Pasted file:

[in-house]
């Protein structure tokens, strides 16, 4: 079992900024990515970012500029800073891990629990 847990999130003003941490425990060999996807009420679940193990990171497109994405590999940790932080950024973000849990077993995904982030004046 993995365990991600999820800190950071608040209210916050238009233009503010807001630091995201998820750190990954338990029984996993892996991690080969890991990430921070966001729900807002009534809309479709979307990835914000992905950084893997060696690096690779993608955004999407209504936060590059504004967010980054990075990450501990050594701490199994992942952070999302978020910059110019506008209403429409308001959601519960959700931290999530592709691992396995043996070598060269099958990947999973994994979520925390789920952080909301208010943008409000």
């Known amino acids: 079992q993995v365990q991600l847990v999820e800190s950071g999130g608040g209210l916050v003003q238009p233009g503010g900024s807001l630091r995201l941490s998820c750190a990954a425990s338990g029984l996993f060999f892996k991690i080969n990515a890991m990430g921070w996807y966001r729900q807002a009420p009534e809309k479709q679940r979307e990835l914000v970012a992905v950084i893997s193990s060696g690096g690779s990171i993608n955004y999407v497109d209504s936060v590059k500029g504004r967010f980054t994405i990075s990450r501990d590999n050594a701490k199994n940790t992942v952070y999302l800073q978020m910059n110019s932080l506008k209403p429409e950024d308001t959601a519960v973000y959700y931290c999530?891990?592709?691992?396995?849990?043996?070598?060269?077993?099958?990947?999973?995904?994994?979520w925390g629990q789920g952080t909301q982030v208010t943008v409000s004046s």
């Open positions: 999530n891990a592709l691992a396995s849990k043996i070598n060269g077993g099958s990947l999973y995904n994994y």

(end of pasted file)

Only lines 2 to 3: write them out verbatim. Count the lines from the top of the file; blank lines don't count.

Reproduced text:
């Protein structure tokens, strides 16, 4: 079992900024990515970012500029800073891990629990 847990999130003003941490425990060999996807009420679940193990990171497109994405590999940790932080950024973000849990077993995904982030004046 993995365990991600999820800190950071608040209210916050238009233009503010807001630091995201998820750190990954338990029984996993892996991690080969890991990430921070966001729900807002009534809309479709979307990835914000992905950084893997060696690096690779993608955004999407209504936060590059504004967010980054990075990450501990050594701490199994992942952070999302978020910059110019506008209403429409308001959601519960959700931290999530592709691992396995043996070598060269099958990947999973994994979520925390789920952080909301208010943008409000």
């Known amino acids: 079992q993995v365990q991600l847990v999820e800190s950071g999130g608040g209210l916050v003003q238009p233009g503010g900024s807001l630091r995201l941490s998820c750190a990954a425990s338990g029984l996993f060999f892996k991690i080969n990515a890991m990430g921070w996807y966001r729900q807002a009420p009534e809309k479709q679940r979307e990835l914000v970012a992905v950084i893997s193990s060696g690096g690779s990171i993608n955004y999407v497109d209504s936060v590059k500029g504004r967010f980054t994405i990075s990450r501990d590999n050594a701490k199994n940790t992942v952070y999302l800073q978020m910059n110019s932080l506008k209403p429409e950024d308001t959601a519960v973000y959700y931290c999530?891990?592709?691992?396995?849990?043996?070598?060269?077993?099958?990947?999973?995904?994994?979520w925390g629990q789920g952080t909301q982030v208010t943008v409000s004046s």